State v. Williams

Annotate this Case

57 Wn.2d 231 (1960)

356 P.2d 99


No. 35501.

The Supreme Court of Washington, Department Two.

October 27, 1960.

John M. Reese, for appellant.

Arthur L. Hawman, for respondent.


The defendant appeals from a judgment of conviction following a verdict of the jury finding him guilty of a violation of RCW 9.31.010, defining the crime of escape, while he was imprisoned at Walla Walla for the commission of a felony. He assigns error to the denial of his motion for dismissal which was based upon the contention that, inasmuch as he had been disciplined at the prison as a result of the attempted escape, his trial under the statute deprived *232 him of his constitutional right not to be twice placed in jeopardy for the same offense.

We find in the defendant's brief no authority supporting this theory, and our research has revealed none.

[1] In order for a plea of double jeopardy to be invoked, it is incumbent upon a defendant to show that he has been previously placed on trial before a court of competent jurisdiction upon an indictment or information for the same offense. People v. Conson, 72 Cal. App. 509, 237 Pac. 799. The term "jeopardy," as used in the constitution, signifies the danger of conviction and punishment which the defendant in a criminal prosecution incurs when he is put on trial before a court of competent jurisdiction under an indictment sufficient in form and substance to sustain a conviction. Ex parte Kirk, 96 Okla. Crim. 272, 252 P. (2d) 1032; Holt v. State, 160 Tenn. 366, 24 S.W. (2d) 886; 15 Am. Jur. 40, ยง 360.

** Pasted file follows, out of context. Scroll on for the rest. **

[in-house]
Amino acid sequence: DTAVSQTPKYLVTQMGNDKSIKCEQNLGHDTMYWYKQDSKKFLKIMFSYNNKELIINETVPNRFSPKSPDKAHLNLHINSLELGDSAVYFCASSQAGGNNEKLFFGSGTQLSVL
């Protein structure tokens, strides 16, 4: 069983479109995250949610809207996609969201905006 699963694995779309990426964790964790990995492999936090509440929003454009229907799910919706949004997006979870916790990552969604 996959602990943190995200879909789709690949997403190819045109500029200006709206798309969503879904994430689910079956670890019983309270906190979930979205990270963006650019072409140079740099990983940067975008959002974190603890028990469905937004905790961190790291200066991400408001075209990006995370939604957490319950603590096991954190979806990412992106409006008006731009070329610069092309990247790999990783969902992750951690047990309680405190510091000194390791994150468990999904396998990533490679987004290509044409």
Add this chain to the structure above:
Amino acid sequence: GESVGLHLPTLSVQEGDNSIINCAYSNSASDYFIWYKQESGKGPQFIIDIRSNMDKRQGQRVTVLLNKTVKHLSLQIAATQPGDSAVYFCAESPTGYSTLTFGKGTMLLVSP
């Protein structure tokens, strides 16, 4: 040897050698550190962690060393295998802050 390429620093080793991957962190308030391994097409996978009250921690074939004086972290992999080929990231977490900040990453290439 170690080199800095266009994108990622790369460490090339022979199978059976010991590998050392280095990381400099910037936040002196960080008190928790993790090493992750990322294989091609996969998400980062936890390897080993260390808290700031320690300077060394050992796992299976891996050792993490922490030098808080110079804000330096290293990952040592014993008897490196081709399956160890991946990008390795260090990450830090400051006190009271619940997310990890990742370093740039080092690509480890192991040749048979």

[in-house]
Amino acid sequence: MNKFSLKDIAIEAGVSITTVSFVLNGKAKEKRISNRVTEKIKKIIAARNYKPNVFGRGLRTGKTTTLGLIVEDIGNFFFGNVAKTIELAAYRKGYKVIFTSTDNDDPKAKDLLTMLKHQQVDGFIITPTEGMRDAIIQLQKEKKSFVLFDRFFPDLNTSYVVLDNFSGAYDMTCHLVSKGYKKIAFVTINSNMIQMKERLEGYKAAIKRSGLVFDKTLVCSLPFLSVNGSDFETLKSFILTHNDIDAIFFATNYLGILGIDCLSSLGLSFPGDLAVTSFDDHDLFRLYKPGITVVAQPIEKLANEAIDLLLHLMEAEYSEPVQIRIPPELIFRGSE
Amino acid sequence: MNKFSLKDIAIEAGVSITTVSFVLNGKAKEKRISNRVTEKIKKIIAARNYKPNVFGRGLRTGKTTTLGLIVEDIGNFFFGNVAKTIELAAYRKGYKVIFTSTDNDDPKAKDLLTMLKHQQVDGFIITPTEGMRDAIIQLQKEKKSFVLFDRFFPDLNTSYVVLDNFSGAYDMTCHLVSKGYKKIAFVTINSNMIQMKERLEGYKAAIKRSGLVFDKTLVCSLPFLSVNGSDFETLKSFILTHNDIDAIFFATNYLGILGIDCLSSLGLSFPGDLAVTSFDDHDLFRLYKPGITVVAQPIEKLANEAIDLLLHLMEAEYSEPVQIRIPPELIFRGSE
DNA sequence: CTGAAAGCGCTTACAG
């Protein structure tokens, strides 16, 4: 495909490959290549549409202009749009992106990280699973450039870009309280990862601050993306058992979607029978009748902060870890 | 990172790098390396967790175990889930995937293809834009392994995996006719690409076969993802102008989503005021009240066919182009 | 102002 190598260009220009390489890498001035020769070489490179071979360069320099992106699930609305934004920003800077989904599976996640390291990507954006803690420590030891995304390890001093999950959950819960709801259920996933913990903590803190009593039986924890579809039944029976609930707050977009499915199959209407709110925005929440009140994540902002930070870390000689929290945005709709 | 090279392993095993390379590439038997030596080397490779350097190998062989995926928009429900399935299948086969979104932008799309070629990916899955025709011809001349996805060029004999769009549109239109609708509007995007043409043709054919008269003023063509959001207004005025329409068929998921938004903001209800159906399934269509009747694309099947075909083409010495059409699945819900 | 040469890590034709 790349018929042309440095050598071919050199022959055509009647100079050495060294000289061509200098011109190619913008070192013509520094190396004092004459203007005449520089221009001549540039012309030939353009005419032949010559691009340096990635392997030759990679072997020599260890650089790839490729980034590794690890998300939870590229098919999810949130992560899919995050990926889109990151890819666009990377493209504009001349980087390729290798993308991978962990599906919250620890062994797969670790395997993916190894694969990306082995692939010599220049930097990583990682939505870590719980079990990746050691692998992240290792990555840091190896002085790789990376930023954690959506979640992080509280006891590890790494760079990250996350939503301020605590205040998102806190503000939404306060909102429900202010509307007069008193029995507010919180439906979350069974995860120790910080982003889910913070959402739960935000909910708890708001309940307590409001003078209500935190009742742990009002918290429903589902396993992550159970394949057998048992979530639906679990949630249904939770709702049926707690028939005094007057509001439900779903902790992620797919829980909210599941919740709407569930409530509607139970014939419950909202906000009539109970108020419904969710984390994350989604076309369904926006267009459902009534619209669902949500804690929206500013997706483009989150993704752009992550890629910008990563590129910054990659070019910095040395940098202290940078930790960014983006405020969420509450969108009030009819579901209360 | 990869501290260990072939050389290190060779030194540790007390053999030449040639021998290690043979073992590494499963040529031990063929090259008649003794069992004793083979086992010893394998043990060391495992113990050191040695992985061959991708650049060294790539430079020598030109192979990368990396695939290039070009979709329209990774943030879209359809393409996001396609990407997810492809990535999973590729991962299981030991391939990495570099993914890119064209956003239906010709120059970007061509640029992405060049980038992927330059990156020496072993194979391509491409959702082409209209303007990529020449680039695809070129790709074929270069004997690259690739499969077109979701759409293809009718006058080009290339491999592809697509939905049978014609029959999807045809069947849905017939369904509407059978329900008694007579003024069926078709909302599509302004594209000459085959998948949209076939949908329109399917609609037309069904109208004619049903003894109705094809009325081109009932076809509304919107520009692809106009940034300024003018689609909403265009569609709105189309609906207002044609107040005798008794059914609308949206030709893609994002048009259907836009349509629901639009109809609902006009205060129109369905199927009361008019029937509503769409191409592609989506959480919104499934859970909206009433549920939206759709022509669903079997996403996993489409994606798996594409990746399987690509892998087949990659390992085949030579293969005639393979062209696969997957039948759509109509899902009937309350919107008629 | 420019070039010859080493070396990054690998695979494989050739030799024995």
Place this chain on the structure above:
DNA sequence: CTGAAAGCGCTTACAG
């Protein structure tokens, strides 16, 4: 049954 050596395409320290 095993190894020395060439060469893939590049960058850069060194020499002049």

[2] The hearing before the disciplinary committee did not, as the defendant contends, constitute a jeopardy for the crime of escape. He was at that time serving his sentence at the prison, and, as an inmate, was subject to prison discipline, including reasonable punishment for infraction of rules. (See RCW 72.08.120 and 72.08.040.) No new or greater sentence was imposed upon him by virtue of the disciplinary action, nor was he convicted of any offense. Such discipline is an administrative, and not a judicial function. People v. Conson, supra; Ex Parte Rody, 348 Mo. 1, 152 S.W. (2d) 657; People v. Ford, 175 Cal. App. (2d) 37, 345 P. (2d) 354.

People v. Conson, supra, Ex parte Kirk, supra, and People v. Garmon (Cal. App), 2 Cal. Rptr. 60, are cases involving the identical question presented here. In each of them it was held that no question of double jeopardy was presented. Also in accord are State v. Cahill, 196 Iowa 486, 194 N.W. 191; People v. Huntley, 112 Mich. 569, 71 N.W. 178; and People v. Ford, supra.

The court correctly ruled that the defense of former jeopardy was not available to the defendant.

*233 The judgment is affirmed.

WEAVER, C.J., HILL, FINLEY, and OTT, JJ., concur.


[1] Reported in 356 P. (2d) 99.